Anyway, as part of her latest job, she has to source some original artwork. Of course, I immediately thought of Hope and passed her details on to a very grateful Anne who then accepted my invitation to come on over to the house and join me for a spot of lunch, which we took in the new conservatory overlooking the rear gardens. Whilst I have to admit that they are not exactly up to Capability Brown’s standards, the view is considered by many to be quite as good as that seen in many of the more publicly recognised stately homes. Shortly before her death, my mother was trying to convince my father to allow her to have a fountain installed, similar I believe, to one she had seen at Chatsworth House in Derbyshire when she was a young woman. My father, not surprisingly, would not go along with it, and I must say I am with him on that one. Although I have not seen the gardens myself, I don’t believe that anything so ostentatious as a fountain would add anything significant to the wonderful view I enjoyed on Saturday.

In the end, Anne stayed with me until the late afternoon when she had to leave to collect her youngest child from a birthday party or something similar. I did offer to have him collected for her, but she insisted that, kind as the gesture was, it simply wasn’t possible to send a complete stranger to collect a child from a party. After lunch, we had enough time for me to give her a very brief tour of the house. It is only when I show someone else around and talk to them about the history and events the house has seen, I am reminded that it is an integral part of my heritage and one I really should appreciate more.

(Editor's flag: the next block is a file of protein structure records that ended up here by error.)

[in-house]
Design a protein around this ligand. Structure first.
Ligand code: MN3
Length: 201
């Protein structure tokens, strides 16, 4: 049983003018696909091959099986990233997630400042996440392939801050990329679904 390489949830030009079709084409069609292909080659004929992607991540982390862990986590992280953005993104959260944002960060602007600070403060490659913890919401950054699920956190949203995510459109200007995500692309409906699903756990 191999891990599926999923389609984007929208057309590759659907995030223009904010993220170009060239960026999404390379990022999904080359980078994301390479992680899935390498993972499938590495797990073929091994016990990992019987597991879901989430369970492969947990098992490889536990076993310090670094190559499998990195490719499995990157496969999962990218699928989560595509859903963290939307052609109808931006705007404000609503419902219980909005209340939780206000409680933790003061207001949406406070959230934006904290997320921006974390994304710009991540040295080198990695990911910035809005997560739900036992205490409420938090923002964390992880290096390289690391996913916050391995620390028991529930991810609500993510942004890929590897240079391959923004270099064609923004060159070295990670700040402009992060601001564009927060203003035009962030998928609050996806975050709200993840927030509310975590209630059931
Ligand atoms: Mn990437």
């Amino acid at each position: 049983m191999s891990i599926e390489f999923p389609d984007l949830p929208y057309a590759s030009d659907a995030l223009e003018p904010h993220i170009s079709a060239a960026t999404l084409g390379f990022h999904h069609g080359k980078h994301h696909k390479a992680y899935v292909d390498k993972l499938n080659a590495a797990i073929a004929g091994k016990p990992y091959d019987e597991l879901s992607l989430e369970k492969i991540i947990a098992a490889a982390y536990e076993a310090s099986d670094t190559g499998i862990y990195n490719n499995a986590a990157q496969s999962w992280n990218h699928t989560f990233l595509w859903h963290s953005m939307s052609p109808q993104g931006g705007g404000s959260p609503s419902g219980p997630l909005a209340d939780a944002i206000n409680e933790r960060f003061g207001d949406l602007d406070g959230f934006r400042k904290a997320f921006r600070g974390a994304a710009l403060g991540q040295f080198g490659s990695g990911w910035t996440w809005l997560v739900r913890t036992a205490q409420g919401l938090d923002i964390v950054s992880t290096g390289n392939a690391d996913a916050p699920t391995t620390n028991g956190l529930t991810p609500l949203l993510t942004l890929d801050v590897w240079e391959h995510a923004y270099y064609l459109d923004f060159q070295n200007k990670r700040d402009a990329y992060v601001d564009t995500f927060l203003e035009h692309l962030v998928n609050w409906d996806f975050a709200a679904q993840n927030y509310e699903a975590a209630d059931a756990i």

As she was preparing to leave, Anne asked if I had ever thought of opening the house to the public. Obviously, this is something I would never countenance and was very surprised that she had asked the question. The thought of having total strangers wandering around my home is anathema to me. Whilst my visits here are brief and infrequent, it is still my family home and as such is not to be used as some kind of money tree. I know that for some families, their history and the building’s connections with history make opening them almost inevitable. But as this has always been a family home and has not seen the unfolding of historical events or been used as a hiding place for escaping royalty, I don’t think there would be much interest in the old place anyway. I think Anne was a little surprised by my answer as it is possible I may have been a little more vociferous than I had intended.